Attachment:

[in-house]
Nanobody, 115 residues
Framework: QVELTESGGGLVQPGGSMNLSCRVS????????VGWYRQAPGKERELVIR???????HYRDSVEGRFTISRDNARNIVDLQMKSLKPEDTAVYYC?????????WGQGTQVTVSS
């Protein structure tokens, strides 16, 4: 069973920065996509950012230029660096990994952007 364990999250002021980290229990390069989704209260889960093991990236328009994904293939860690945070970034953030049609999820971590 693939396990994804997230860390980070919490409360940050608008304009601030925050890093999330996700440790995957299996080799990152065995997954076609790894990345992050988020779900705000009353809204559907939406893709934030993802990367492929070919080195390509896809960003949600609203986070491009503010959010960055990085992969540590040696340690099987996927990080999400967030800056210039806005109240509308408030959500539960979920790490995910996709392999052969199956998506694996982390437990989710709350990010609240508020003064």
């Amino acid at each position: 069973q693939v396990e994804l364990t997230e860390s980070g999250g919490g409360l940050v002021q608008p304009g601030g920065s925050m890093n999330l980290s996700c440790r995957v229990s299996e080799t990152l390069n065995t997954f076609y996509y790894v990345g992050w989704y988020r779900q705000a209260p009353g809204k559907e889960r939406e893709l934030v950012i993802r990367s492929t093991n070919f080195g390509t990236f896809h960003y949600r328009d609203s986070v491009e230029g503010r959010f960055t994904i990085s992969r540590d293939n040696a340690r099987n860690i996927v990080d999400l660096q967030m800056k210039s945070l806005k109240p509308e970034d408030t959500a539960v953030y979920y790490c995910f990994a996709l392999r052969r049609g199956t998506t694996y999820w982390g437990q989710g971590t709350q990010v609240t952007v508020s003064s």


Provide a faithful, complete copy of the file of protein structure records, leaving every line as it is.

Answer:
[in-house]
Nanobody, 115 residues
Framework: QVELTESGGGLVQPGGSMNLSCRVS????????VGWYRQAPGKERELVIR???????HYRDSVEGRFTISRDNARNIVDLQMKSLKPEDTAVYYC?????????WGQGTQVTVSS
């Protein structure tokens, strides 16, 4: 069973920065996509950012230029660096990994952007 364990999250002021980290229990390069989704209260889960093991990236328009994904293939860690945070970034953030049609999820971590 693939396990994804997230860390980070919490409360940050608008304009601030925050890093999330996700440790995957299996080799990152065995997954076609790894990345992050988020779900705000009353809204559907939406893709934030993802990367492929070919080195390509896809960003949600609203986070491009503010959010960055990085992969540590040696340690099987996927990080999400967030800056210039806005109240509308408030959500539960979920790490995910996709392999052969199956998506694996982390437990989710709350990010609240508020003064």
């Amino acid at each position: 069973q693939v396990e994804l364990t997230e860390s980070g999250g919490g409360l940050v002021q608008p304009g601030g920065s925050m890093n999330l980290s996700c440790r995957v229990s299996e080799t990152l390069n065995t997954f076609y996509y790894v990345g992050w989704y988020r779900q705000a209260p009353g809204k559907e889960r939406e893709l934030v950012i993802r990367s492929t093991n070919f080195g390509t990236f896809h960003y949600r328009d609203s986070v491009e230029g503010r959010f960055t994904i990085s992969r540590d293939n040696a340690r099987n860690i996927v990080d999400l660096q967030m800056k210039s945070l806005k109240p509308e970034d408030t959500a539960v953030y979920y790490c995910f990994a996709l392999r052969r049609g199956t998506t694996y999820w982390g437990q989710g971590t709350q990010v609240t952007v508020s003064s």